The Green and Mana parties are calling for the wording of the oath used when MPs are sworn in to be changed.
The 50th Parliament was formally opened for the next three-year term on Tuesday. The Clerk swore in the 121 MPs using an oath or declaration of allegiance to the Queen that can be read in either English or Maori.
When Mana Party leader Hone Harawira was returned to Parliament after the by-election for Te Tai Tokerau earlier this year, he initially refused to swear the oath.
On Tuesday, Mr Harawira declared his allegiance to the Queen - but only after he had said a few words in Maori to the House, acknowledging the Treaty of Waitangi.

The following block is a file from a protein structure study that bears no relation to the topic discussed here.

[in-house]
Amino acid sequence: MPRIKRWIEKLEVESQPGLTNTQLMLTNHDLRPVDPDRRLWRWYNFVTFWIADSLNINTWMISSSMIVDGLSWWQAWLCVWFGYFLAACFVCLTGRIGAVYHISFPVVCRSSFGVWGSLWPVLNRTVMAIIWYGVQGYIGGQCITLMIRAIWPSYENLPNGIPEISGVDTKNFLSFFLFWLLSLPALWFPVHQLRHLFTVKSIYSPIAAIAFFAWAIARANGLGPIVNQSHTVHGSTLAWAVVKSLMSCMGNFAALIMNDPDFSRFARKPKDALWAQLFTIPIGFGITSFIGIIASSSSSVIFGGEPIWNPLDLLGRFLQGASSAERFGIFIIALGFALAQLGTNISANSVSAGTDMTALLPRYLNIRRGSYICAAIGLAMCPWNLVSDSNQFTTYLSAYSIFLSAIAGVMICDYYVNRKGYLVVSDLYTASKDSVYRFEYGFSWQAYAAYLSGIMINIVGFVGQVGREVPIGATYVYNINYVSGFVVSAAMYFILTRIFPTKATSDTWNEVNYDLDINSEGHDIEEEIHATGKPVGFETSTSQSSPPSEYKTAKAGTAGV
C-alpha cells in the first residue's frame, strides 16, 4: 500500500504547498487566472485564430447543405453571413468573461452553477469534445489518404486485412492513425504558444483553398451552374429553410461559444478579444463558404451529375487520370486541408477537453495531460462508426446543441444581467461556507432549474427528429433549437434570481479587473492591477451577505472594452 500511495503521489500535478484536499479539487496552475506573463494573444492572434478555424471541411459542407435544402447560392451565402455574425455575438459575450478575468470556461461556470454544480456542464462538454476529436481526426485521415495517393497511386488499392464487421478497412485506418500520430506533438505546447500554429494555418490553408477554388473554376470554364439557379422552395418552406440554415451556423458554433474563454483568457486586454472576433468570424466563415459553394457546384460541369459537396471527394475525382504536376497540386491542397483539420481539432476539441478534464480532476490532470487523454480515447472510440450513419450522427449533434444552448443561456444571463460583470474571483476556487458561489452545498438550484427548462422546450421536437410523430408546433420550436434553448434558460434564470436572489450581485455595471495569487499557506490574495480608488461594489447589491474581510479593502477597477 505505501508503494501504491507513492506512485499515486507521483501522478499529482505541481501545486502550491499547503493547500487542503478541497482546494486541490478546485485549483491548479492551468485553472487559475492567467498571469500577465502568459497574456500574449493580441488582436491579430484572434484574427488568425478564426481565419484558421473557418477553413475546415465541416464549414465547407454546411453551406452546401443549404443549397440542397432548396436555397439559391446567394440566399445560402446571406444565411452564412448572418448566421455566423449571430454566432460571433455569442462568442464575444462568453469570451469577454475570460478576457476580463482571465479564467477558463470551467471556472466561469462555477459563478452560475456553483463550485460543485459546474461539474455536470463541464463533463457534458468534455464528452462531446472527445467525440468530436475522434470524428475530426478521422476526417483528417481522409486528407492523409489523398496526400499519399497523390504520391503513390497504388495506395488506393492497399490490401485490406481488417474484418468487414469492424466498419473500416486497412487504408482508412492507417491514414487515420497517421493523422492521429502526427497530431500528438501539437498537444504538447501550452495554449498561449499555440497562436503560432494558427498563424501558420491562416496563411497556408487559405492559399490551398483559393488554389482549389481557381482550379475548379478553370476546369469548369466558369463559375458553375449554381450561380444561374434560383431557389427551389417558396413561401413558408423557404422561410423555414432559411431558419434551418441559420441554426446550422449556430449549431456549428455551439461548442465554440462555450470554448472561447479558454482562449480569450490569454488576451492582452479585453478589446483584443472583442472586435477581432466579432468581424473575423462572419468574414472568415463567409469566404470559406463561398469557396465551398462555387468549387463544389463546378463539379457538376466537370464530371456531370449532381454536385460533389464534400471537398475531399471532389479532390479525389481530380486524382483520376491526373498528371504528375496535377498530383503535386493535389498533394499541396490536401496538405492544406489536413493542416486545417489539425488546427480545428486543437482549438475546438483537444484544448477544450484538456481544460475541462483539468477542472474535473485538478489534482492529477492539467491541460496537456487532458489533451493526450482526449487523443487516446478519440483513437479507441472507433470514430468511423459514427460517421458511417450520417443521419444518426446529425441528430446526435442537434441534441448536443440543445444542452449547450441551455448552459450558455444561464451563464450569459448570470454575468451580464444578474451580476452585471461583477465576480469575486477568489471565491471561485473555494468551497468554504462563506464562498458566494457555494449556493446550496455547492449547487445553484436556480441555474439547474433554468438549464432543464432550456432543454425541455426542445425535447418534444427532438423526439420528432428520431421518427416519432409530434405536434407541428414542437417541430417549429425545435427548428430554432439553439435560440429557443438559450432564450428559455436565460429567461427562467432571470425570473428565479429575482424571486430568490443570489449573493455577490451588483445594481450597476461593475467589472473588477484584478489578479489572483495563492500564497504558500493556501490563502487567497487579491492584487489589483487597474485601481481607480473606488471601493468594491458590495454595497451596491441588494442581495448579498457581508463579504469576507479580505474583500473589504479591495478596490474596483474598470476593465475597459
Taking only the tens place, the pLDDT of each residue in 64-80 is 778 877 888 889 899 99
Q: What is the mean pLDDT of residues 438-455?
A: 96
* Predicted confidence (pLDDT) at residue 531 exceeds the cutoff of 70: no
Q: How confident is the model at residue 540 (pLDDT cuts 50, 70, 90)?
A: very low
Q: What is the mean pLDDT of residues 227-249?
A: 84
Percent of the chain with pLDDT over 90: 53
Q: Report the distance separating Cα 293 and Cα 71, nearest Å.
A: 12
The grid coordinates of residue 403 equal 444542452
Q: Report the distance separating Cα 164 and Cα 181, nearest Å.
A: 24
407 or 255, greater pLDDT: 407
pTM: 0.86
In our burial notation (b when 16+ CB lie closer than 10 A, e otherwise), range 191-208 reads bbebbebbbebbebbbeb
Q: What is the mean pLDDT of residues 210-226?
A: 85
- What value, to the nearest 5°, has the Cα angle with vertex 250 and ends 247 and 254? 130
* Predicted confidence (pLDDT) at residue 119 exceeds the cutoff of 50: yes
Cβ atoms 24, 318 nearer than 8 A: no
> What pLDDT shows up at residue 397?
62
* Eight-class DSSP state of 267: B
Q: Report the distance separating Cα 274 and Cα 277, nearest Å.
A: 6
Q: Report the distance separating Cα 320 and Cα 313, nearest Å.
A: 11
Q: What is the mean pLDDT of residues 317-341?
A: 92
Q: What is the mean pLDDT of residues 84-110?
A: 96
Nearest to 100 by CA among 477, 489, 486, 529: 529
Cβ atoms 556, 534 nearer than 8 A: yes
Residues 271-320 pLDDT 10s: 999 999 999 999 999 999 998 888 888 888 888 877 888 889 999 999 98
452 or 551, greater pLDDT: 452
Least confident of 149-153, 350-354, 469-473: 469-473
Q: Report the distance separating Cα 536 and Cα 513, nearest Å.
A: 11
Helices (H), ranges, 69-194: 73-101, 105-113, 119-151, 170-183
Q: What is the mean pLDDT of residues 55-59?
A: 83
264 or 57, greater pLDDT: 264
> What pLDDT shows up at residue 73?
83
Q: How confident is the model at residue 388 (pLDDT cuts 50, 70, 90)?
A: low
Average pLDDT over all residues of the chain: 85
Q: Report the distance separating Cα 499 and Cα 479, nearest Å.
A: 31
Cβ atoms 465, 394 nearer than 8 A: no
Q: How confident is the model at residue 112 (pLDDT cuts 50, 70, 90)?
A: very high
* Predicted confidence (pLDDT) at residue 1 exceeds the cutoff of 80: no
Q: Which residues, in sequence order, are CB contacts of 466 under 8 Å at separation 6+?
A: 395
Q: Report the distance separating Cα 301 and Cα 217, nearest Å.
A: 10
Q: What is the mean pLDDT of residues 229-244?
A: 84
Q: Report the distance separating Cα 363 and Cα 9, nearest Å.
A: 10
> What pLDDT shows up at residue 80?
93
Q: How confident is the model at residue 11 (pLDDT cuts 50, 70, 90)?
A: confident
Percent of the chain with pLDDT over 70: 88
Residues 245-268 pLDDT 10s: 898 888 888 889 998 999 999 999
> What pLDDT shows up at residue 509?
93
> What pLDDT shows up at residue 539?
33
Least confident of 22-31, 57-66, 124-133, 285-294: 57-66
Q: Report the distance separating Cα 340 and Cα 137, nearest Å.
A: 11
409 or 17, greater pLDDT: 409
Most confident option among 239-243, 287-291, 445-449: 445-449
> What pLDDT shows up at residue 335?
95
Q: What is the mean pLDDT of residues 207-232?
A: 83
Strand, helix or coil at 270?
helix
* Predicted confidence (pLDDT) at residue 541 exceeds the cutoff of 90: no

Green MPs also read the declaration as written, though the party says the oath is old-fashioned and should include a reference to the Treaty.
Co-leader Metiria Turei says the Government should initiate a cross-party process to modernise the oath and other practices, like the daily prayer, which she says have become out of step with the views of New Zealanders.
Labour Party leader David Shearer says he would prefer to pledge allegiance to the New Zealand people.
But the Prime Minister and leader of the National Party, John Key, is happy with the oath and says MPs should pledge allegiance to the Queen.
There would have to be a law change to alter the wording - something the Greens and Mana say they will pursue in this term in Parliament.
National Party MP Lockwood Smith, who held the position of Speaker in the last term of Parliament, was re-elected unopposed to the role.